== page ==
I felt like an irresponsible teenager, calling all the people who’d advised me not to get pregnant to tell them that I’d done just that. Because she’s awesome, my Certified Diabetes Educator was optimistic and supportive, and promised me we’d do our best to make sure everything turns out okay.

The nurse I spoke to at the OB was slightly less awesome. I explained my situation to her, and told her I’d stopped taking my super scary ACE inhibitor since, from what I’d heard, it makes unborn babies develop eagle talons and ESP. “That’s the last thing you want to do,” she said, brimming with judgement. “You should never stop taking your medication unless you’re instructed to do so by a doctor.”

I took one of the 6,022 deep breaths I’d take that day. “I was instructed to do so. By my cardiologist.”

Then I had to call that cardiologist and make an appointment with her. I don’t know if it’s the trauma of my adolescent-year endocrinology appointments that’s scarred me so irreversibly, but I fully expected to get yelled at. Thankfully, that didn’t happen.

Jodie Poundstone came bounding through the door with a big old smile on her face. “Congratulations!” she offered. I was so confused. Where was the naysaying Debbie Downer I’d talked with just weeks before?

“We have to be careful with our recommendations,” she explained, “but honestly? I’m not convinced you ever really had a real cardiomyopathy issue. I think you’re going to be fine.” She went on to say that she was more concerned about the state of my diabetes and about the effects of the ACE inhibitor on the baby, and was relieved to hear that I’d stopped taking it. (Take that, mean OB nurse.)

That was all six weeks ago, and I’m still wrapping my mind around this insane turn of events. So far, things seem to be working out pretty okay on the health front. I was shocked to learn that my A1c was below 7.0 around conception time, and that pee test I had to endure? No protein there.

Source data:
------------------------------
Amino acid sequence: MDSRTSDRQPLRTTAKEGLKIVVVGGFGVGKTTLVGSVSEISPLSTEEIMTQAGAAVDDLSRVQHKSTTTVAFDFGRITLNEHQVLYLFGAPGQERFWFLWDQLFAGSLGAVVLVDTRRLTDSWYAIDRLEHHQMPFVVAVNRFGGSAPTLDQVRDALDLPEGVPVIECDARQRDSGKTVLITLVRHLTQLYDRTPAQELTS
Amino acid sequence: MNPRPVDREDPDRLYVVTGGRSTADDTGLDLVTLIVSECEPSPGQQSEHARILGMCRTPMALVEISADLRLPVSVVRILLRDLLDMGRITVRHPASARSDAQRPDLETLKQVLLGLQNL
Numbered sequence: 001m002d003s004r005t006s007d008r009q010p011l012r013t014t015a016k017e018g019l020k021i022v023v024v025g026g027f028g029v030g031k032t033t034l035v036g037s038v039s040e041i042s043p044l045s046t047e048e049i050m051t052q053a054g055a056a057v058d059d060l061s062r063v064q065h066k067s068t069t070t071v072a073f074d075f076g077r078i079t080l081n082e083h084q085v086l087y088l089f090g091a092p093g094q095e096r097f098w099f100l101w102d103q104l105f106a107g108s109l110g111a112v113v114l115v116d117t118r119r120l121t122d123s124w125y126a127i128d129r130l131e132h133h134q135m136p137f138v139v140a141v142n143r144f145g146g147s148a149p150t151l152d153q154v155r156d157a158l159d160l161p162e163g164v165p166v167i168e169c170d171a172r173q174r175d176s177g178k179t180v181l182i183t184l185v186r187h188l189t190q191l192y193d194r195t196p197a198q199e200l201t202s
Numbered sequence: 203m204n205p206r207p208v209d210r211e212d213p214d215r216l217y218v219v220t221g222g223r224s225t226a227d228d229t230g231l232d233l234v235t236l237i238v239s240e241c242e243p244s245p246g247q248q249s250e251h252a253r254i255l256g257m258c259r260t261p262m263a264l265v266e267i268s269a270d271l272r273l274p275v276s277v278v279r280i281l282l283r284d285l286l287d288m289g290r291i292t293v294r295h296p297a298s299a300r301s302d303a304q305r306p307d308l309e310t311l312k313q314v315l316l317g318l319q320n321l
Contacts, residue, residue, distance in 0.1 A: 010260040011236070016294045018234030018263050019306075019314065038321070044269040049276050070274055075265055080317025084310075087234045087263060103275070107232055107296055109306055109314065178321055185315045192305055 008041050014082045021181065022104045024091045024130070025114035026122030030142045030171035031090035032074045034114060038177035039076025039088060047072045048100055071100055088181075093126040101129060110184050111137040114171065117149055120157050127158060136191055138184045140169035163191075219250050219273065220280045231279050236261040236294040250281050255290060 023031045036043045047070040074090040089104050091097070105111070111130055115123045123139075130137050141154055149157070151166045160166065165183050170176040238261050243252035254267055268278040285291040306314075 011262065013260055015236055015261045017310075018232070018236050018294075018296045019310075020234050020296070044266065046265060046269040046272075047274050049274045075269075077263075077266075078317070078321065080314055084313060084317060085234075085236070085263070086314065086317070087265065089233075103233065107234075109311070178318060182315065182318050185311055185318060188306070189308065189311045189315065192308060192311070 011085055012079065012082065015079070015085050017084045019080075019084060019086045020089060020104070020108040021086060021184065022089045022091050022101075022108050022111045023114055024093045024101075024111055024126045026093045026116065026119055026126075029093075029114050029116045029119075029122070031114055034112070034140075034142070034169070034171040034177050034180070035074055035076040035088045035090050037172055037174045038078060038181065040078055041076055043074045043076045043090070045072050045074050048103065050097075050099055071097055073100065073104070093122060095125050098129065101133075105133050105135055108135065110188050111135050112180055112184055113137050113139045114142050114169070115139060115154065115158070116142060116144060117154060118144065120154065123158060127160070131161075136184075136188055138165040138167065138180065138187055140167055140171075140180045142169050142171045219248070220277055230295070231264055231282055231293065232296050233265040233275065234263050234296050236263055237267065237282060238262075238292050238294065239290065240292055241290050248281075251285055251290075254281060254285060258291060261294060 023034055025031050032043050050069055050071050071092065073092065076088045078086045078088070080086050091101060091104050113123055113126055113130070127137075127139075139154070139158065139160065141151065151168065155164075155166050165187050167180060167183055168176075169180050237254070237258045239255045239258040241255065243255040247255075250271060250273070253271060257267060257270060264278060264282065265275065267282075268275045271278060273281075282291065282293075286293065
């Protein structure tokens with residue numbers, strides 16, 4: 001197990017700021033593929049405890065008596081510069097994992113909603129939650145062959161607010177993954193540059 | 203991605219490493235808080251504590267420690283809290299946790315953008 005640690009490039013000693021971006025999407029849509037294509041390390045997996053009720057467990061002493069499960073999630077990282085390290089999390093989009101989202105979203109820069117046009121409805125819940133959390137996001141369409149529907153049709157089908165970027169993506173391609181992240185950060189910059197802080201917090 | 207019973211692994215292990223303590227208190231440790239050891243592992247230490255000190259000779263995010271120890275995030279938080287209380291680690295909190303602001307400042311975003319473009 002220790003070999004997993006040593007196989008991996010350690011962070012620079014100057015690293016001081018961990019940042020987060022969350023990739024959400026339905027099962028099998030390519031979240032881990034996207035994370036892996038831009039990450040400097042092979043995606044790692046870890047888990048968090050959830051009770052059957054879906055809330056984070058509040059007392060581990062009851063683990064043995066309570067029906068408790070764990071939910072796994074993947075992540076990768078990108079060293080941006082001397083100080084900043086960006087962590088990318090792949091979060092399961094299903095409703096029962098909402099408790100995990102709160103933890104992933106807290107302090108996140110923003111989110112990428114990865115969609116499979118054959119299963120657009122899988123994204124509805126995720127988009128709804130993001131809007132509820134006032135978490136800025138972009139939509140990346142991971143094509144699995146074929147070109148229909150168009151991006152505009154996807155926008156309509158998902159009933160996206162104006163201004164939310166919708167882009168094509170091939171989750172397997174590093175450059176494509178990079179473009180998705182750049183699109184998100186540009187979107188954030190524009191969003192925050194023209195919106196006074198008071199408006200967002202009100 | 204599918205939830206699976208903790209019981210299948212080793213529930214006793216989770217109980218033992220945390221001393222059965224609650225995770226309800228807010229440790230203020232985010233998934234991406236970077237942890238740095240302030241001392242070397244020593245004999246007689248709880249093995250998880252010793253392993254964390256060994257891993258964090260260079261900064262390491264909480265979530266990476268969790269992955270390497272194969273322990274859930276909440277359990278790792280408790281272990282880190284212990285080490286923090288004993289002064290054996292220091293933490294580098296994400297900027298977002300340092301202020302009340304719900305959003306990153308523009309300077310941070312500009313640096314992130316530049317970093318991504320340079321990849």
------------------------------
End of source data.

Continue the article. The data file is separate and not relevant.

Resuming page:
I’m slightly more relaxed, and I feel like now I can start to focus on the issues that non-diabetic pregnant people obsess over: How many toes will it have? What kind of diapers should we use? Where should I bury my social life? When can it get a job?

I’ve been exhausted and moody and nauseated and terrified, but I’m finding that the sentiment I’m most overwhelmed with is one of unspeakable excitement and humility and anticipation and love and other mushy things you’ve heard a million times from other expectant moms.

I can’t believe this is happening to me — to us — but I’m so glad it is.

In Praise of Pain

Somewhere along the line, it was decided that the absolute worst part of living with diabetes was the finger prick. Not so much the process of checking one’s blood sugar: the washing of the hands, the alcohol swabs, the selection of a minimally calloused fingertip, the insertion and coding of the test strip, etc. Not even the test result. No, the worst part of diabetes was determined to be that very moment when the sharp metal tip of a lancet pierces your precious, delicate finger skin.

Exhibit A: This commercial.

No wonder people are terrified of this awful disease. Not only do people with diabetes have to worry about exorbitant health costs, possible complications, crazy carbohydrate and medication ratios — they have to stab their fingertips with ice picks, kitchen knives or shards of broken beer bottles! The horror.

Of course, everyone’s diabetes experience varies. But in my little reality, the blood sugar prick (not stab), is mildly uncomfortable at worst. I’m at least 37 times more anxious about what the results of my test will be than the process of procuring a teeny drop of blood.